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B Ahlborg, Å Mårtensson, A Carlsson. Mun-H-Centre, Medicinaregatan 12A, SE-413 90 Göteborg, Sweden

Background: The Mun-H-Centre is a Swedish national orofacial resource centre for rare disorders and a national resource centre for orofacial aids and assistive devices. Since 1999 the authors have been members of the Huntington’s disease (HD) team at Sahlgrenska University Hospital/Östra in Göteborg and because of that have had the unique opportunity of treating a number of patients with the diagnosis of HD.

Aim: To collect, document and develop information relating to rare diagnoses and to circulate this knowledge as a contribution to ensure that patients with rare disorders receive better treatment and can have an improved quality of life.

Methods/Techniques: Dentists and dental hygienists at Mun-H-Centre have followed 20 patients with HD and observed oral problems over time. At Mun-H-Centre there is a multiprofessional team for trying out orofacial assistive devices to patients with disabilities. The team members represent occupational therapy, physiotherapy, speech–language pathology and dentistry.

Result/Outcome: Our experiences are documented and illustrated as follows: orofacial symptoms, risk factors for deterioration of oral health, preventive dentistry and cooperation with the patient’s personal assistants, treatment in the dental chair, examples of orofacial aids and assistive devices for oral care, eating and drinking.

Conclusions: It is important for a person with HD to see a dental team regularly in order to maintain a good quality of life through a healthy mouth, for the purpose of speaking and communicating as well as eating and enjoying meals. Preventive dentistry from an early stage of the disease and orofacial assistive devices that can compensate for lack of function are recommended.


Project team for the network around Huntington’s disease in the region of Västra Götaland, Sweden. Klinisk Genetik, Medicinaregatan 1 D, SU/Sahlgrenska, 413 45 Göteborg, Sweden

Background: During our project we have found that there are topics concerning the care of persons with Huntington’s disease (HD) that are necessary to agree at an international level. One of these topics is to find a good model for taking care of and informing children in families with HD about the disease. Some other important issues are orofacial care and speech as well as cognitive/linguistic communication problems.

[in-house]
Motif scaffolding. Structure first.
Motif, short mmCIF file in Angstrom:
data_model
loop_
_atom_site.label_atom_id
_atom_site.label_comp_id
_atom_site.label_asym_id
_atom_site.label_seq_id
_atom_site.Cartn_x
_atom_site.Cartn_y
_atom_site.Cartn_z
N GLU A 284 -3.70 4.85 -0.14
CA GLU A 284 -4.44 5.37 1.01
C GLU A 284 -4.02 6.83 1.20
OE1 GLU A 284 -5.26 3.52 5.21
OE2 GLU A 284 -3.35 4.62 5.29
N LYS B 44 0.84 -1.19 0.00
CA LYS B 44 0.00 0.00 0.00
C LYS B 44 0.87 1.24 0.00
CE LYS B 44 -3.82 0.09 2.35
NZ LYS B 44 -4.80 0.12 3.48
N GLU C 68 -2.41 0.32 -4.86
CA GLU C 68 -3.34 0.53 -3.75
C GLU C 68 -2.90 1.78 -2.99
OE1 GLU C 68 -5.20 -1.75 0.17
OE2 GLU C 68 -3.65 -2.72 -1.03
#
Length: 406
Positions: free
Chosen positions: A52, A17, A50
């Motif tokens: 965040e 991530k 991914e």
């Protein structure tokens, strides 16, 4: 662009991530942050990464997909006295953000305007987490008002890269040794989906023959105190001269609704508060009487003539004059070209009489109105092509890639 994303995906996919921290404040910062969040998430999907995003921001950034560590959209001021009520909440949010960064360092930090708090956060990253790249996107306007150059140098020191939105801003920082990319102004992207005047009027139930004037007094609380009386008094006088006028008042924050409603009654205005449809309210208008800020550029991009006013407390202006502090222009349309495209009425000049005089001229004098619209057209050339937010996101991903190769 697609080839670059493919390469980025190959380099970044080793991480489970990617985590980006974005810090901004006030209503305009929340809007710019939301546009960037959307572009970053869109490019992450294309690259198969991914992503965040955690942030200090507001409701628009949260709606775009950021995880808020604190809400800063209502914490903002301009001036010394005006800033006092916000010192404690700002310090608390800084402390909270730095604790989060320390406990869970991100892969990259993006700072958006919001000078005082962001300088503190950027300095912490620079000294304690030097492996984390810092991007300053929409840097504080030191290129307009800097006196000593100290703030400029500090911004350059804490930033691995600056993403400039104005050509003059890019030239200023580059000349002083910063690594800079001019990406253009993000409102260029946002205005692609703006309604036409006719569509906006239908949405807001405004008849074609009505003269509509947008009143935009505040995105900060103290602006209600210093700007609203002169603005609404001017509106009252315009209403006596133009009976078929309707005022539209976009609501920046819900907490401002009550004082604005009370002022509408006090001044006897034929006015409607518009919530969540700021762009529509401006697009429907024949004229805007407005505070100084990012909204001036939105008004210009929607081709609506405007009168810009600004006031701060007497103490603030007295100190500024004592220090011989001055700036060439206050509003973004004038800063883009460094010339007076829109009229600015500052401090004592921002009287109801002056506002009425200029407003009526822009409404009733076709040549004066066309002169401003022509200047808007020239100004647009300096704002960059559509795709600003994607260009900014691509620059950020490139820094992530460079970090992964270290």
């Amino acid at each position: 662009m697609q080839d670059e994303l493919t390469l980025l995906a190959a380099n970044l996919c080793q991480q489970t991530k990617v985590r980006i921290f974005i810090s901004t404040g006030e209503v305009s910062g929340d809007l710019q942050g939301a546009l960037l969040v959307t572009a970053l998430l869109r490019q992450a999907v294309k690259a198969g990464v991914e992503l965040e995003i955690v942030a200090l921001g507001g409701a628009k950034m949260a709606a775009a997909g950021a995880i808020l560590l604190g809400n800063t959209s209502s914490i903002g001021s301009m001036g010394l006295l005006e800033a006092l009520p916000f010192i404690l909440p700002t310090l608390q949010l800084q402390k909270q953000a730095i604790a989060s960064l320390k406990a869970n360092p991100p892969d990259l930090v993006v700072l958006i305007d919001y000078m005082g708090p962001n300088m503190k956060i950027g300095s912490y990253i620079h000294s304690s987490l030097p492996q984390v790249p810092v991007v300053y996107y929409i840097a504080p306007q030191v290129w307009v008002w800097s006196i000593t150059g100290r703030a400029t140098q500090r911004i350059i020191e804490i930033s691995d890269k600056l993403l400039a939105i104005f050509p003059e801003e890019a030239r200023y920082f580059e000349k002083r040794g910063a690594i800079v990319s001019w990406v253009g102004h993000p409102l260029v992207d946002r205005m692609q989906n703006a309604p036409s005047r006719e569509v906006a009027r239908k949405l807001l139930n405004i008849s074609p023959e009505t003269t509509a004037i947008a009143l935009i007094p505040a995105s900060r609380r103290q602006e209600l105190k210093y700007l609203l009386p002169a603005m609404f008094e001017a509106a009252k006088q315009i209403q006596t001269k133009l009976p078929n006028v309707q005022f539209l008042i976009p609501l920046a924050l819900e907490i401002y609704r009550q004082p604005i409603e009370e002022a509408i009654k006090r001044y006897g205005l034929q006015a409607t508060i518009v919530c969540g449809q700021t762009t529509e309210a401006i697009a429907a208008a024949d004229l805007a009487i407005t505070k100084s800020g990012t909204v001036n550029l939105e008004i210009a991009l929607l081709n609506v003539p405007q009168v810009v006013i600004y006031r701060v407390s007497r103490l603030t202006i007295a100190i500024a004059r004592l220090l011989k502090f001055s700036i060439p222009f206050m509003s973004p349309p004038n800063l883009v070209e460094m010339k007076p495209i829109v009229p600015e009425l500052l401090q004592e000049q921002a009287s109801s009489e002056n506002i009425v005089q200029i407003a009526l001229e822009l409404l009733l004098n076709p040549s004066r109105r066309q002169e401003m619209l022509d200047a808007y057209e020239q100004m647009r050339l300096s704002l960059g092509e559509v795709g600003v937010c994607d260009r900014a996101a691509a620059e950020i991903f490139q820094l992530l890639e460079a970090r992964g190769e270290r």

Aims: To search for models and to create new models in order to facilitate life for persons with HD and for their families.

Methods: Cooperation with professionals, caregivers and associations in Europe. We will plan workshops together and we will arrange meetings over the internet. We will participate in the working group Standard of Care and Quality of Life.

Result: To create good models and a networking team in these fields.

Presentation: We will present these ideas in a poster presentation.


1,2MB Hocaoglu, 1,2AK Ho. 1EHDN Quality of Life Core Working Group, 2University of Reading, School of Clinical Languages and Psychology, Earley Gate, Reading RG6 6AL, UK

Background: Even though Huntington’s disease (HD) is an autosomal dominant neurodegenerative disease characterised by motor, cognitive and and behavioural disturbances, there has been little research reflecting the first-hand experience of the health-related quality of life of people living with HD.

Aims: This qualitative study examines patients’ personal experience of the impact of HD as a part of a larger EHDN project to develop a disease-specific patient-centred health-related quality of life instrument for HD. The development of such an instrument would benefit from examining patients’ direct experience and how they themselves perceive the impact of HD on their health-related quality of life.

Methods: Thirty-nine semistructured interviews were conducted primarily with people living with different stages of HD, with some input from their companions, carers and health professionals familiar with HD. The computer-assisted qualitative data analysis software package NVivo 7 was used for sequential analysis of the data using grounded theory.

Results: Six dimensions of quality of life emerged: (1) physical and functional dimension; (2) cognitive dimension; (3) emotional dimension; (4) social dimension; (5) legal and financial dimension and (6) self dimension.

Conclusions: A model of quality of life for people living with HD is conceptualised to capture the interaction of these dimensions in mediating the subjective construct of health-related quality of life of people living with HD.


KY Matheson, SA Simpson. Clinical Genetics, NHS Grampian, Foresterhill Site, Aberdeen, Scotland, UK

End-of-life care for individuals with Huntington’s disease is an important but difficult area for both patients and clinicians. One of the key components of support at late-stage disease is knowledge about what the preferences and wishes of the affected person are in relation to feeding and medical treatment.